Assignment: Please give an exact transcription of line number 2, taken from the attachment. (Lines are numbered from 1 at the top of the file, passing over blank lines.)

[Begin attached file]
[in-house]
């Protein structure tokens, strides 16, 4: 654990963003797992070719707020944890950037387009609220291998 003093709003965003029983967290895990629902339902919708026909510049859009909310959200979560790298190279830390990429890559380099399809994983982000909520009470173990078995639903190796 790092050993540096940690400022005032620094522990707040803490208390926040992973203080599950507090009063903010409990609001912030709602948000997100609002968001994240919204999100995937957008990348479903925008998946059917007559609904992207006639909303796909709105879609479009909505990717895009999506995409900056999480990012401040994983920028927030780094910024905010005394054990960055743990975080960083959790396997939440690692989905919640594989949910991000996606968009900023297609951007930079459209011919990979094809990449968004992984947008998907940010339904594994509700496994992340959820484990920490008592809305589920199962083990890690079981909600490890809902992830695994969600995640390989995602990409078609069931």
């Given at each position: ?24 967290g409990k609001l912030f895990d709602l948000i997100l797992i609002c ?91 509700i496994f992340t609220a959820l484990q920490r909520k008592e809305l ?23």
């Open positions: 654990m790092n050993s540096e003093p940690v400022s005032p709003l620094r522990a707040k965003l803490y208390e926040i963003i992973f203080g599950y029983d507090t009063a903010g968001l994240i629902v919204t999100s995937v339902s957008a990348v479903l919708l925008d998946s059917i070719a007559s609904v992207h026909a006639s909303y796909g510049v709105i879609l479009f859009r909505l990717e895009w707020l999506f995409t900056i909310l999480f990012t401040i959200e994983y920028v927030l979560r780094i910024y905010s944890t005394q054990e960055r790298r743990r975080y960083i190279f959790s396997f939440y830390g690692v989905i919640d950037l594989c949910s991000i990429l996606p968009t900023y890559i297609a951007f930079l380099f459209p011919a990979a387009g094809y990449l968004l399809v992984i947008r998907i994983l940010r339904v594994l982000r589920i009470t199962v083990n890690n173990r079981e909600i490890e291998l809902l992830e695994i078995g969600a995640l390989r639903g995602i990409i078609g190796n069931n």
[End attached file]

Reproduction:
């Protein structure tokens, strides 16, 4: 654990963003797992070719707020944890950037387009609220291998 003093709003965003029983967290895990629902339902919708026909510049859009909310959200979560790298190279830390990429890559380099399809994983982000909520009470173990078995639903190796 790092050993540096940690400022005032620094522990707040803490208390926040992973203080599950507090009063903010409990609001912030709602948000997100609002968001994240919204999100995937957008990348479903925008998946059917007559609904992207006639909303796909709105879609479009909505990717895009999506995409900056999480990012401040994983920028927030780094910024905010005394054990960055743990975080960083959790396997939440690692989905919640594989949910991000996606968009900023297609951007930079459209011919990979094809990449968004992984947008998907940010339904594994509700496994992340959820484990920490008592809305589920199962083990890690079981909600490890809902992830695994969600995640390989995602990409078609069931």